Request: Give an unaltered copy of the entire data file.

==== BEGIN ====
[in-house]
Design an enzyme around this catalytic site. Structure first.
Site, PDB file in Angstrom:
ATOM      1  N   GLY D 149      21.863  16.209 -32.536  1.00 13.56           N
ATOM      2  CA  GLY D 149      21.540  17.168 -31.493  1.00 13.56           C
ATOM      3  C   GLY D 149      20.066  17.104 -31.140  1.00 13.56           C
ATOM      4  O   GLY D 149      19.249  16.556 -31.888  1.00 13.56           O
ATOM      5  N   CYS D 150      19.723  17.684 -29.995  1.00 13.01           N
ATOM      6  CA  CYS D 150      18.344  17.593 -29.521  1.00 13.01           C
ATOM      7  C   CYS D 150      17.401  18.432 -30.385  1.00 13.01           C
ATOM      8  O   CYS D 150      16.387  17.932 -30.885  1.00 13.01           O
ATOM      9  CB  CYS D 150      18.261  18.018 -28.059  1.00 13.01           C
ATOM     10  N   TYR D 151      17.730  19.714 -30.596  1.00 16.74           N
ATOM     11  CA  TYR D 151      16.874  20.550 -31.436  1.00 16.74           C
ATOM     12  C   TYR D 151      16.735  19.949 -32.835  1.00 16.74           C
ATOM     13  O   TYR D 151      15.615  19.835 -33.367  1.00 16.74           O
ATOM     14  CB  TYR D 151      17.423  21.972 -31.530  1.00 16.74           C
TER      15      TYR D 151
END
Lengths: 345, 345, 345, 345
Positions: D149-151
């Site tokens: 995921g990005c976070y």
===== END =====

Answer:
[in-house]
Design an enzyme around this catalytic site. Structure first.
Site, PDB file in Angstrom:
ATOM      1  N   GLY D 149      21.863  16.209 -32.536  1.00 13.56           N
ATOM      2  CA  GLY D 149      21.540  17.168 -31.493  1.00 13.56           C
ATOM      3  C   GLY D 149      20.066  17.104 -31.140  1.00 13.56           C
ATOM      4  O   GLY D 149      19.249  16.556 -31.888  1.00 13.56           O
ATOM      5  N   CYS D 150      19.723  17.684 -29.995  1.00 13.01           N
ATOM      6  CA  CYS D 150      18.344  17.593 -29.521  1.00 13.01           C
ATOM      7  C   CYS D 150      17.401  18.432 -30.385  1.00 13.01           C
ATOM      8  O   CYS D 150      16.387  17.932 -30.885  1.00 13.01           O
ATOM      9  CB  CYS D 150      18.261  18.018 -28.059  1.00 13.01           C
ATOM     10  N   TYR D 151      17.730  19.714 -30.596  1.00 16.74           N
ATOM     11  CA  TYR D 151      16.874  20.550 -31.436  1.00 16.74           C
ATOM     12  C   TYR D 151      16.735  19.949 -32.835  1.00 16.74           C
ATOM     13  O   TYR D 151      15.615  19.835 -33.367  1.00 16.74           O
ATOM     14  CB  TYR D 151      17.423  21.972 -31.530  1.00 16.74           C
TER      15      TYR D 151
END
Lengths: 345, 345, 345, 345
Positions: D149-151
């Site tokens: 995921g990005c976070y």